Are police officers allowed to lie to you? Yes the Supreme Court has ruled that police officers can lie to the American people. Police officers are trained at lying, twisting words and being manipulative. Police officers and other law enforcement agents are very skilled at getting information from people. So don’t try to “out smart” a police officer and don’t try being a “smooth talker” because you will lose! If you can keep your mouth shut, you just might come out ahead more than you expected.

Friday, August 28, 2015

An investigation in Baltimore has 'opened the floodgates' on the use of secretive FBI cellphone tracking devices

By Barbara Tasch Business Insider

A USA Today investigation has led Baltimore defense lawyers to review almost 2,000 cases in which police secretly used expensive, powerful cellphone tracking devices known as stingrays.

In Maryland, the use of electronic surveillance must be disclosed in court, but the use of stingrays in these cases was never revealed, according to USA Today.
From the 1,900 cases USA Today identified in which police used a stingray, at least 200 public defender clients were convicted of a crime.

"This is a crisis, and to me it needs to be addressed very quickly. No stone is going to be left unturned at this point," Baltimore's public defender, Natalie Finegar, told USA Today.

Related article: How to beat Stingray, NSA, FBI, and police surveillance

The device has been marketed as a tool to catch terrorists and kidnappers, according to USA Today, but police in many parts of the US have been accused time and again of using it to catch perpetrators of petty crimes.

The device is about the size of a suitcase and looks like a cell tower. It "tricks" cellphones into transmitting data to the police rather than an operator's tower. The stingray can cost up to $400,000, according to USA Today.

This CNN image details another way the US is spying on its citizens.

Baltimore defense lawyer Josh Insley told USA Today that he might start challenging some of his clients' convictions as soon as next week.

"This has really opened the floodgates," he said.

In many cases, including in Baltimore, the police say they cannot release the information because of non-disclosure agreements with the company that makes the devices. The FBI has also required police and prosecutors to sign documents stating that they were not to discuss the device, according to the Baltimore Sun.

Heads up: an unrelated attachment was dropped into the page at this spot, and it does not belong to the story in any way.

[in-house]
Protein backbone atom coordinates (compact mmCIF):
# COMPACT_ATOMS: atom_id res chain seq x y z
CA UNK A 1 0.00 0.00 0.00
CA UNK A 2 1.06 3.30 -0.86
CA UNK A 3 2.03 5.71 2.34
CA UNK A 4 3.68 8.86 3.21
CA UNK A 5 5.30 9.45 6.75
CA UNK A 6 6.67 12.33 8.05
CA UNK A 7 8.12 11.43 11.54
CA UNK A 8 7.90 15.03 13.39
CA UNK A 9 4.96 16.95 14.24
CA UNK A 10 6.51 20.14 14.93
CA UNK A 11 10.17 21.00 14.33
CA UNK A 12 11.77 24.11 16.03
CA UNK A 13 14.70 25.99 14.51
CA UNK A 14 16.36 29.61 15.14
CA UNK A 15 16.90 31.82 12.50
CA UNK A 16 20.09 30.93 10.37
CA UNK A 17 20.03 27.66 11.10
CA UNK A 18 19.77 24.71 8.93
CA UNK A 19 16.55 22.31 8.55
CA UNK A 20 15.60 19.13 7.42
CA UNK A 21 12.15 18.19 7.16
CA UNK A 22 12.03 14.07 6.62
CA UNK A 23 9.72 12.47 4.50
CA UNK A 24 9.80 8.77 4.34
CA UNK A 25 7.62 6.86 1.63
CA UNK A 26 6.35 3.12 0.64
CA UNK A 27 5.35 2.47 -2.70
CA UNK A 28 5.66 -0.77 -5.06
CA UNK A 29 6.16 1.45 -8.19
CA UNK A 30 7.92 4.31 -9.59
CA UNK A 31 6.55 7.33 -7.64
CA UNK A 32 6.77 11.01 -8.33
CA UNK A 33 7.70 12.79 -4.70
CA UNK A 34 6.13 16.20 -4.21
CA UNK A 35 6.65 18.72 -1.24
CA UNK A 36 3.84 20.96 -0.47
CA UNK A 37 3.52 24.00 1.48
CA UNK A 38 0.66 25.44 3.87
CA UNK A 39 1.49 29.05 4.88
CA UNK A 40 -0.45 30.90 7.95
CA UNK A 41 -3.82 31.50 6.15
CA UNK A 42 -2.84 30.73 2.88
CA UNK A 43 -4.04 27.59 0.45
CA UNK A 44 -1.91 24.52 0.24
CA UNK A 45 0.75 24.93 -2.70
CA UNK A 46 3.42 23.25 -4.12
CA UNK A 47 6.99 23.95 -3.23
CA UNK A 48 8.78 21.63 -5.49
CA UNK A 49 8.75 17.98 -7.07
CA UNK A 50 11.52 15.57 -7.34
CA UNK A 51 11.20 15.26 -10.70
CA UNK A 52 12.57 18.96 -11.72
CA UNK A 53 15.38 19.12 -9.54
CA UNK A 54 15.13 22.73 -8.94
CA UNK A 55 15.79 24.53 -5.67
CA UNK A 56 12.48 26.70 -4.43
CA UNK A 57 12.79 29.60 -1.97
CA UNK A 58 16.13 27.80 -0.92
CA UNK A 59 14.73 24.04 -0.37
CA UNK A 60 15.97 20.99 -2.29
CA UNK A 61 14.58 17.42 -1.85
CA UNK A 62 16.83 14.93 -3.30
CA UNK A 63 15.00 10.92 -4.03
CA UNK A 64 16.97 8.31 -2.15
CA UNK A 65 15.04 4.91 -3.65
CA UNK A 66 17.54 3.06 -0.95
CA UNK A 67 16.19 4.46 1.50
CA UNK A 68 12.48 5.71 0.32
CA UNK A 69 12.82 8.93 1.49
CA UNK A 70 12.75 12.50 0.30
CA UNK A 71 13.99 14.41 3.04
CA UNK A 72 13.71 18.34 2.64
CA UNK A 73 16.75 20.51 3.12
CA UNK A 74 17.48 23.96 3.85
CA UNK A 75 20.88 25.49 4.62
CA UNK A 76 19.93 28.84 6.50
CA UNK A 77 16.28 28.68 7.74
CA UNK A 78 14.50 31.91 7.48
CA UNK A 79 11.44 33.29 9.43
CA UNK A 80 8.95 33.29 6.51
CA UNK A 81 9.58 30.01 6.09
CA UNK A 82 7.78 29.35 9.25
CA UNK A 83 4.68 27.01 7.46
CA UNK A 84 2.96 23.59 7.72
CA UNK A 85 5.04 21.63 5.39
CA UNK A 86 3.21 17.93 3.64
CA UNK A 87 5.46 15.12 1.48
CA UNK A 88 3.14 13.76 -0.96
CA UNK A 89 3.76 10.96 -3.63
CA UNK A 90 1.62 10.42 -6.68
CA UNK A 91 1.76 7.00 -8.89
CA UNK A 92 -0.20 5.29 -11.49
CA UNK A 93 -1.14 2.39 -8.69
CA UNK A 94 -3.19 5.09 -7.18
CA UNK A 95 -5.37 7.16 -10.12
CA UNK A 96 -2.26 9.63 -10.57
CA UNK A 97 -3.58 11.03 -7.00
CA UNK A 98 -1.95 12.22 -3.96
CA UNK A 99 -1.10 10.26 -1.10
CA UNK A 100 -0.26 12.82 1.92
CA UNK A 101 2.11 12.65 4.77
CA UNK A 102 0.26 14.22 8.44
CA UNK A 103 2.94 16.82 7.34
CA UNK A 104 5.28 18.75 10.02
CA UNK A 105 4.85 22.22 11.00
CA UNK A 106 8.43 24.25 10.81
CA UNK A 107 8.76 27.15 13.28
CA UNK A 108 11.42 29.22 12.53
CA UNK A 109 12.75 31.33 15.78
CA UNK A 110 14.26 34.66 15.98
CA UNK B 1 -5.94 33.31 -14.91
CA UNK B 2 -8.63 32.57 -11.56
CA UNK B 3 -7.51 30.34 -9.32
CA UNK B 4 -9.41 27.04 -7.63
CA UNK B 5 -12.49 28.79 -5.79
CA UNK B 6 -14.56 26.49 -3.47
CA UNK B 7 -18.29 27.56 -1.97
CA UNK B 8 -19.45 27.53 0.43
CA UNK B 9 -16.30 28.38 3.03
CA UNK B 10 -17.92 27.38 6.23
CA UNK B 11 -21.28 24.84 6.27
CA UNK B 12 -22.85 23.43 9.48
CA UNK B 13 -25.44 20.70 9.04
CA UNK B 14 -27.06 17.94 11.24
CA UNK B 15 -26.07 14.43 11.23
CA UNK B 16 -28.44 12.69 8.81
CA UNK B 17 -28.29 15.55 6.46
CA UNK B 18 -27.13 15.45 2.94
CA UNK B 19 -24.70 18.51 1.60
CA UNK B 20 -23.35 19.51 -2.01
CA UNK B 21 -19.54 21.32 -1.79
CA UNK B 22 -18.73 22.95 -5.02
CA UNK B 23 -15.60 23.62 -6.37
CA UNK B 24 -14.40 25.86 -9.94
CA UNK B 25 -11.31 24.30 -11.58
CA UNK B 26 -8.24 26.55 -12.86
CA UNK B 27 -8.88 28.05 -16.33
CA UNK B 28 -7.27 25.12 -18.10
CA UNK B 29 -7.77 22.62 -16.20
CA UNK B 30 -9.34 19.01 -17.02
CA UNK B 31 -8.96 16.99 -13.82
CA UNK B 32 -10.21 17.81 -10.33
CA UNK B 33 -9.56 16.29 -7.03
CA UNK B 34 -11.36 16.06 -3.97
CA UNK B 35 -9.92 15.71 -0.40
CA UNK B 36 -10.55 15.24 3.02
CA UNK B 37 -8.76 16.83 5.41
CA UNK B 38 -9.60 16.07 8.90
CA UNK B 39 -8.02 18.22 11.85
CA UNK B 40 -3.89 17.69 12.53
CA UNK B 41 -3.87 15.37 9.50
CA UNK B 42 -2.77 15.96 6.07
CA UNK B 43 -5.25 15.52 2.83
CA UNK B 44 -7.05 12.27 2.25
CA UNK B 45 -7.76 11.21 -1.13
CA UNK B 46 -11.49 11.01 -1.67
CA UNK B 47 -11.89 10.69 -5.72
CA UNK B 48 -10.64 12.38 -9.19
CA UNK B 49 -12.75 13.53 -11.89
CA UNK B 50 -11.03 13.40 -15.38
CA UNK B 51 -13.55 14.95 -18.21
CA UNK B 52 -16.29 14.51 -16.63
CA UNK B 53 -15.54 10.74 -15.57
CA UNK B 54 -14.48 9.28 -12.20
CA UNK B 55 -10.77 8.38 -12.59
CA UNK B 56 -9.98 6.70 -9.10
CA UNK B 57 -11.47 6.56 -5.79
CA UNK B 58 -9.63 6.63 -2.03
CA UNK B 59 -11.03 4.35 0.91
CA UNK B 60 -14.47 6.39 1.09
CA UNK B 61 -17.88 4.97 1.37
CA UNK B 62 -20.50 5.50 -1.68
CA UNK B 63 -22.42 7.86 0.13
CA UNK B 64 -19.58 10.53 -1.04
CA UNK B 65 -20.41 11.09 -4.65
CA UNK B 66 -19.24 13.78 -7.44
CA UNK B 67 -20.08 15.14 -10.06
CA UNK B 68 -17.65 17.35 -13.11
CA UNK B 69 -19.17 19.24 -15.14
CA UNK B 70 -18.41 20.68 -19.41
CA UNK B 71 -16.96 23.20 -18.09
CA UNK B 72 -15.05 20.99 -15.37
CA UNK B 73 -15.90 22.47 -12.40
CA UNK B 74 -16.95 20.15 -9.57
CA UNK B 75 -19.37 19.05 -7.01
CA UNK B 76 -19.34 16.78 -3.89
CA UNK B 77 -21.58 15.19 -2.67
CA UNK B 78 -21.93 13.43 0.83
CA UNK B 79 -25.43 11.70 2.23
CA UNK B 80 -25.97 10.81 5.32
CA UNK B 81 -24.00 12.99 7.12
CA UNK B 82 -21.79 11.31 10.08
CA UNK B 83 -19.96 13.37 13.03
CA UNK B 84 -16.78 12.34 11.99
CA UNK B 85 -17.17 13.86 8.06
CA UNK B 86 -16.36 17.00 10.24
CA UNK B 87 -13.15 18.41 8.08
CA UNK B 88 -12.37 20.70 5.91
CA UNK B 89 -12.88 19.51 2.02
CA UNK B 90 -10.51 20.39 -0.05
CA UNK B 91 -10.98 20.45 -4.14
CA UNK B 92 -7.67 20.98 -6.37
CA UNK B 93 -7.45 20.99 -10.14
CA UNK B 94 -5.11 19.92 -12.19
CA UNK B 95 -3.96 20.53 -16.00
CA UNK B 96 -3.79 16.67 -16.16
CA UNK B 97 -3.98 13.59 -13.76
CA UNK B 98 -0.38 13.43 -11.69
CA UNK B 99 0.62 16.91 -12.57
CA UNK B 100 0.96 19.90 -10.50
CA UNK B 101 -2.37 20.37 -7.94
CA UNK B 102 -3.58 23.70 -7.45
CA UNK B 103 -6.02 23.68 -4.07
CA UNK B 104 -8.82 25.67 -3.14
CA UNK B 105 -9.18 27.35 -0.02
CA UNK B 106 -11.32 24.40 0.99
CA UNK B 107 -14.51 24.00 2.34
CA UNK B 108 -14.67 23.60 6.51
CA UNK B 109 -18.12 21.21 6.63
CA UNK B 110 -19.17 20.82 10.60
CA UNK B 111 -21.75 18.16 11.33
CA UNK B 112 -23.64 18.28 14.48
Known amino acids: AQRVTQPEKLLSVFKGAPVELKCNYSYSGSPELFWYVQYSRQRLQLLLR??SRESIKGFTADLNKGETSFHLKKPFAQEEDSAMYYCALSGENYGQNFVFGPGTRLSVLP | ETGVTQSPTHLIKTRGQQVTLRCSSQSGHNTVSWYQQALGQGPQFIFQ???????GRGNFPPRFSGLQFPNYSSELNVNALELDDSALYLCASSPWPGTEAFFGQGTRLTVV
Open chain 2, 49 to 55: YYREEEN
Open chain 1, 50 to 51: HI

Related article: The Domestic Drone threat

In March, The New York Times noted that the secrecy surrounding the stingray could raise major privacy concerns, and that the non-disclosure agreement could be trying to hide those privacy issues.

"It might be a totally legitimate business interest, or maybe they're trying to keep people from realizing there are bigger privacy problems," Orin S. Kerr, a privacy-law expert at George Washington University, told The Times. "What's the secret that they're trying to hide?"

Baltimore isn't the only police department to use stingrays. Last year, the American Civil Liberties Union noted that the Tallahassee Police Department had used it 200 times as of 2010. In 2012, the Los Angeles Police Department reportedly used it 21 times in a four-month period, and in April 2015 the Baltimore Sun revealed that police there had used a stingray 4,300 times since 2007.

In 2011, the FBI admitted that the stingray also affected the cellphones of innocent users in the area where it has operated, the Associated Press reported.

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Hacker killed by US Drone strike

By Mark Hosenball

WASHINGTON (Reuters) - A British hacker who U.S. and European officials said became a top cyber expert for Islamic State in Syria has been killed in a U.S. drone strike, a U.S. source familiar with the matter said on Wednesday.

It was the second reported killing of a senior Islamic State figure in the last eight days after the group's second-in-command was killed in a U.S. air strike in Iraq on Aug. 18.

The source indicated that the U.S. Defense Department was likely involved in the drone strike that killed British hacker Junaid Hussain, a former Birmingham, England, resident.

A CSO Online report said the strike took place on Tuesday near Raqqa, Syria. Hussain, 21, moved to Syria sometime in the last two years.

U.S. and European government sources told Reuters earlier this year that they believed Hussain was the leader of CyberCaliphate, a hacking group which in January attacked a Twitter account belonging to the Pentagon, though the sources said they did not know if he was personally involved.

While the American sources said they were confident he was killed in the strike, some people disputed that view. Two Twitter accounts that U.S. intelligence experts say are connected to Islamic State reported that his wife had said he was still alive.

Seamus Hughes, a former U.S. government counterterrorism expert now affiliated with George Washington University, said that while the reports came from Twitter accounts known to be connected to Islamic State, it was not possible to determine whether they were accurate.